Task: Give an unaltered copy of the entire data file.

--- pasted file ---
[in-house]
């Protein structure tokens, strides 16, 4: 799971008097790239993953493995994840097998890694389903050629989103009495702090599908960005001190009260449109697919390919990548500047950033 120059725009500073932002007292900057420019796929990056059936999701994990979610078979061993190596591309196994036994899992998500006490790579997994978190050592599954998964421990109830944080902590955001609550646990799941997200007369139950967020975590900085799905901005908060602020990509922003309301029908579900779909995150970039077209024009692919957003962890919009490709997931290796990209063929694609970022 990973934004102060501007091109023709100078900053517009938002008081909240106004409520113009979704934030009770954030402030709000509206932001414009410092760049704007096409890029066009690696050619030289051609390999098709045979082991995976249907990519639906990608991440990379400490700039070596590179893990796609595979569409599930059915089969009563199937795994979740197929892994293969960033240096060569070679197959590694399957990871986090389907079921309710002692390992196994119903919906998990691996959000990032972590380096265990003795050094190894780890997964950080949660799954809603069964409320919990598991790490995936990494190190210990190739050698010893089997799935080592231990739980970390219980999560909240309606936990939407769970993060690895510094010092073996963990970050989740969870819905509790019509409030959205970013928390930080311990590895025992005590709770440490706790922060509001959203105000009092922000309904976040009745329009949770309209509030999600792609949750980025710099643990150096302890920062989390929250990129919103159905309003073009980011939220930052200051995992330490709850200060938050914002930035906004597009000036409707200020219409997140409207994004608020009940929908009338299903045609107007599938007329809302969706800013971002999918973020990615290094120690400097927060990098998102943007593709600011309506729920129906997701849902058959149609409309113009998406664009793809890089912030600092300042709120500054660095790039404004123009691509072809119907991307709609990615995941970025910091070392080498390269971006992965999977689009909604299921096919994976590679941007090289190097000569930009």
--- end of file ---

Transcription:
[in-house]
């Protein structure tokens, strides 16, 4: 799971008097790239993953493995994840097998890694389903050629989103009495702090599908960005001190009260449109697919390919990548500047950033 120059725009500073932002007292900057420019796929990056059936999701994990979610078979061993190596591309196994036994899992998500006490790579997994978190050592599954998964421990109830944080902590955001609550646990799941997200007369139950967020975590900085799905901005908060602020990509922003309301029908579900779909995150970039077209024009692919957003962890919009490709997931290796990209063929694609970022 990973934004102060501007091109023709100078900053517009938002008081909240106004409520113009979704934030009770954030402030709000509206932001414009410092760049704007096409890029066009690696050619030289051609390999098709045979082991995976249907990519639906990608991440990379400490700039070596590179893990796609595979569409599930059915089969009563199937795994979740197929892994293969960033240096060569070679197959590694399957990871986090389907079921309710002692390992196994119903919906998990691996959000990032972590380096265990003795050094190894780890997964950080949660799954809603069964409320919990598991790490995936990494190190210990190739050698010893089997799935080592231990739980970390219980999560909240309606936990939407769970993060690895510094010092073996963990970050989740969870819905509790019509409030959205970013928390930080311990590895025992005590709770440490706790922060509001959203105000009092922000309904976040009745329009949770309209509030999600792609949750980025710099643990150096302890920062989390929250990129919103159905309003073009980011939220930052200051995992330490709850200060938050914002930035906004597009000036409707200020219409997140409207994004608020009940929908009338299903045609107007599938007329809302969706800013971002999918973020990615290094120690400097927060990098998102943007593709600011309506729920129906997701849902058959149609409309113009998406664009793809890089912030600092300042709120500054660095790039404004123009691509072809119907991307709609990615995941970025910091070392080498390269971006992965999977689009909604299921096919994976590679941007090289190097000569930009």